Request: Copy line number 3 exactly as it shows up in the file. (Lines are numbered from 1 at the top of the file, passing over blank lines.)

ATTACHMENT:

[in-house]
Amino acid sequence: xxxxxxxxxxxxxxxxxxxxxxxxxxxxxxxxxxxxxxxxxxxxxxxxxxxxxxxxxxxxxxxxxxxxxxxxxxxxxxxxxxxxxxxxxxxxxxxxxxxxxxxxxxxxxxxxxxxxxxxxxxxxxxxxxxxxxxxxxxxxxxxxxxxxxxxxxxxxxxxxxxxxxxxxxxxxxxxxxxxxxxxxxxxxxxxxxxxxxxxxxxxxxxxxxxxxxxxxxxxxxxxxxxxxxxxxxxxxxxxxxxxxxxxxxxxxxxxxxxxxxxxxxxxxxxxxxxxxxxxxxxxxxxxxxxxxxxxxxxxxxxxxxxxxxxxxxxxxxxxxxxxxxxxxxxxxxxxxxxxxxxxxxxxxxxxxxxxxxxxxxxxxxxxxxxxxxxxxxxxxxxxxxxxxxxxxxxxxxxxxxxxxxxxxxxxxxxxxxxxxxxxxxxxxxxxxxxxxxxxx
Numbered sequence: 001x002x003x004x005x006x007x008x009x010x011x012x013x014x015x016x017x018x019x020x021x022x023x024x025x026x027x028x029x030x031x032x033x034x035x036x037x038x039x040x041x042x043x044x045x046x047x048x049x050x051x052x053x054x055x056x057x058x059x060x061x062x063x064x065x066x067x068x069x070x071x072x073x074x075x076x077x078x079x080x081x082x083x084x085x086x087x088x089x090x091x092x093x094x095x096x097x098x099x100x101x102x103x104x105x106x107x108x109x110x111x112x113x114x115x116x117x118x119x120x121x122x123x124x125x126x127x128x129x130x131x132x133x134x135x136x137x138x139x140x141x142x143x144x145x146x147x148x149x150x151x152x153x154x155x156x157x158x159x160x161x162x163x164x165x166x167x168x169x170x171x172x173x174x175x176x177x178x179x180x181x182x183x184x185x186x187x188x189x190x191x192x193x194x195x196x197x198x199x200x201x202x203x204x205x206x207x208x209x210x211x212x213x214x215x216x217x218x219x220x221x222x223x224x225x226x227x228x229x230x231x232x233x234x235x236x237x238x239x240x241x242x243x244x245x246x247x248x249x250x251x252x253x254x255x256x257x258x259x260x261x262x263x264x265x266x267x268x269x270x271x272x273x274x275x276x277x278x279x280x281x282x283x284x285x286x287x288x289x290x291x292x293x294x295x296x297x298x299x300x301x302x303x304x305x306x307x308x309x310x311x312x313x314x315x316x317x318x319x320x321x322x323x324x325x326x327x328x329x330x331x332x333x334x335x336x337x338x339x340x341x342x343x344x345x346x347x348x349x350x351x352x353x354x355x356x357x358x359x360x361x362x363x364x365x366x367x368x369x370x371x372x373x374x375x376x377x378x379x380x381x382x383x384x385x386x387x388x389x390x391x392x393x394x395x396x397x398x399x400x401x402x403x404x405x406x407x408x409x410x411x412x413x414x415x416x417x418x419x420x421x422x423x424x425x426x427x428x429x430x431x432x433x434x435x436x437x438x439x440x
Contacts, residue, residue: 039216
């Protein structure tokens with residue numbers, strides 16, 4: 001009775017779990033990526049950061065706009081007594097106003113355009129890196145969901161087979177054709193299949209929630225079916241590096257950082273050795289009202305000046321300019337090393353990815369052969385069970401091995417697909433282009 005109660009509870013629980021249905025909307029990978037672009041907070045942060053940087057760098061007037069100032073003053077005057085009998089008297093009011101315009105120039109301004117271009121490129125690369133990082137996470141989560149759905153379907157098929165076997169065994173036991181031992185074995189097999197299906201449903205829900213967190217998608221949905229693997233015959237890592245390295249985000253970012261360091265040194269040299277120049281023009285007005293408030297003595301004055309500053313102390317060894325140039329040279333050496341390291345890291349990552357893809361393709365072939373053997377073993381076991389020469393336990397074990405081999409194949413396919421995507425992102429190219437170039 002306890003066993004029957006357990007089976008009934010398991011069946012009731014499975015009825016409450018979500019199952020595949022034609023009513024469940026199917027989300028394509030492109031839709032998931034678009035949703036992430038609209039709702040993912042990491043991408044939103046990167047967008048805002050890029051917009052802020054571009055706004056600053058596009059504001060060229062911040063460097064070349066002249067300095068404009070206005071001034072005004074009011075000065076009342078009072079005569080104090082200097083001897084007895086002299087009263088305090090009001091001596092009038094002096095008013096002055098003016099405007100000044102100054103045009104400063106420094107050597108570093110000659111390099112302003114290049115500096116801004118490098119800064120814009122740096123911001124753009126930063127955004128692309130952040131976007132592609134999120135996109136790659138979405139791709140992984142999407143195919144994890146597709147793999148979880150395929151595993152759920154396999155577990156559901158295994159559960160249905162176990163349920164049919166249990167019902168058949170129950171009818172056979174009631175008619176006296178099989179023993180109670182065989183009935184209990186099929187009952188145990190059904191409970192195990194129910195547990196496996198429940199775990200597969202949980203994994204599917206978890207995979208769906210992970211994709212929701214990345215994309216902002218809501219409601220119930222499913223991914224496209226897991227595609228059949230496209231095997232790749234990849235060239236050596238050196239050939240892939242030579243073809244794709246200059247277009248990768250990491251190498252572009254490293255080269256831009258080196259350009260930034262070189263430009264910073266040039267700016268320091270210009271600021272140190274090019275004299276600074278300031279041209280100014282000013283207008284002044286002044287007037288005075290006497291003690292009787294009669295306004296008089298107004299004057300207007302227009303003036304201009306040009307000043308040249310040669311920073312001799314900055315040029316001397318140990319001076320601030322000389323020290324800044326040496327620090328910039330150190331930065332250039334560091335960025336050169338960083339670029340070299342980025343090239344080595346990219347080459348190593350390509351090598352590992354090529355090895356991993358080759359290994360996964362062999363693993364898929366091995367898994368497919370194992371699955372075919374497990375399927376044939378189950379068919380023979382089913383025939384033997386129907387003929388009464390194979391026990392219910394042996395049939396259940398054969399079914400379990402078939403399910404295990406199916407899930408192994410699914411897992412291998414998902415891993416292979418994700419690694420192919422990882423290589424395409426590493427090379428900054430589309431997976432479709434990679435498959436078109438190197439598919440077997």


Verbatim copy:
Numbered sequence: 001x002x003x004x005x006x007x008x009x010x011x012x013x014x015x016x017x018x019x020x021x022x023x024x025x026x027x028x029x030x031x032x033x034x035x036x037x038x039x040x041x042x043x044x045x046x047x048x049x050x051x052x053x054x055x056x057x058x059x060x061x062x063x064x065x066x067x068x069x070x071x072x073x074x075x076x077x078x079x080x081x082x083x084x085x086x087x088x089x090x091x092x093x094x095x096x097x098x099x100x101x102x103x104x105x106x107x108x109x110x111x112x113x114x115x116x117x118x119x120x121x122x123x124x125x126x127x128x129x130x131x132x133x134x135x136x137x138x139x140x141x142x143x144x145x146x147x148x149x150x151x152x153x154x155x156x157x158x159x160x161x162x163x164x165x166x167x168x169x170x171x172x173x174x175x176x177x178x179x180x181x182x183x184x185x186x187x188x189x190x191x192x193x194x195x196x197x198x199x200x201x202x203x204x205x206x207x208x209x210x211x212x213x214x215x216x217x218x219x220x221x222x223x224x225x226x227x228x229x230x231x232x233x234x235x236x237x238x239x240x241x242x243x244x245x246x247x248x249x250x251x252x253x254x255x256x257x258x259x260x261x262x263x264x265x266x267x268x269x270x271x272x273x274x275x276x277x278x279x280x281x282x283x284x285x286x287x288x289x290x291x292x293x294x295x296x297x298x299x300x301x302x303x304x305x306x307x308x309x310x311x312x313x314x315x316x317x318x319x320x321x322x323x324x325x326x327x328x329x330x331x332x333x334x335x336x337x338x339x340x341x342x343x344x345x346x347x348x349x350x351x352x353x354x355x356x357x358x359x360x361x362x363x364x365x366x367x368x369x370x371x372x373x374x375x376x377x378x379x380x381x382x383x384x385x386x387x388x389x390x391x392x393x394x395x396x397x398x399x400x401x402x403x404x405x406x407x408x409x410x411x412x413x414x415x416x417x418x419x420x421x422x423x424x425x426x427x428x429x430x431x432x433x434x435x436x437x438x439x440x